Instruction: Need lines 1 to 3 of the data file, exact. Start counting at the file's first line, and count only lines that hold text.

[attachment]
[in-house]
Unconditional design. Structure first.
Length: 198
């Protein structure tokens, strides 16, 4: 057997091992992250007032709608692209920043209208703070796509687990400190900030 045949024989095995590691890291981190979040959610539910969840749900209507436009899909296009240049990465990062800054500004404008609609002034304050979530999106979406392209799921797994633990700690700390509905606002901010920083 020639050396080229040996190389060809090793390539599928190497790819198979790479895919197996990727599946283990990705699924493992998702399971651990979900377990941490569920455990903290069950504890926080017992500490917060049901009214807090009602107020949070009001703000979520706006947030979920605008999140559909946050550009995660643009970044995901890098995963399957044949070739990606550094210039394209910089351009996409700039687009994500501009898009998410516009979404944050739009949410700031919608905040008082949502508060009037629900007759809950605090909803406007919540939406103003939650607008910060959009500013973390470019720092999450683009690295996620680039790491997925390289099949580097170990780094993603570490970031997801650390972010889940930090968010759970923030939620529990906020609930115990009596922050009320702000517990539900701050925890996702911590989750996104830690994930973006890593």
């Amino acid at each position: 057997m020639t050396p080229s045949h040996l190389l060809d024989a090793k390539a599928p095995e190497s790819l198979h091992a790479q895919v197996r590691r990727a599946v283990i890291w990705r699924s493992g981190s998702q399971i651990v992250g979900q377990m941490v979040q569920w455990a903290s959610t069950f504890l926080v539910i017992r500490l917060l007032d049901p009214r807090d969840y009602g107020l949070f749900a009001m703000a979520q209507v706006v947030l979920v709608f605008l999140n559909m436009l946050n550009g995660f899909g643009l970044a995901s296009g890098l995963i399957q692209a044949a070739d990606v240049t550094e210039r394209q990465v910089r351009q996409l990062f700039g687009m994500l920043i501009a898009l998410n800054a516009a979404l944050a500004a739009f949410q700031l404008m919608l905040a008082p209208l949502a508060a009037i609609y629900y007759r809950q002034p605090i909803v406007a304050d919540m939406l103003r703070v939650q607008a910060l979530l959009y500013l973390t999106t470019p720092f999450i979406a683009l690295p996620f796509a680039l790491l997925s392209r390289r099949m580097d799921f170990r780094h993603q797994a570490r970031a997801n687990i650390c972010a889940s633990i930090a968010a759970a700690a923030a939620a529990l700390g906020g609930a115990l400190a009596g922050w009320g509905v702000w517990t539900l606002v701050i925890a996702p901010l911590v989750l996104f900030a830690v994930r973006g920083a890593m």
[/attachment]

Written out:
[in-house]
Unconditional design. Structure first.
Length: 198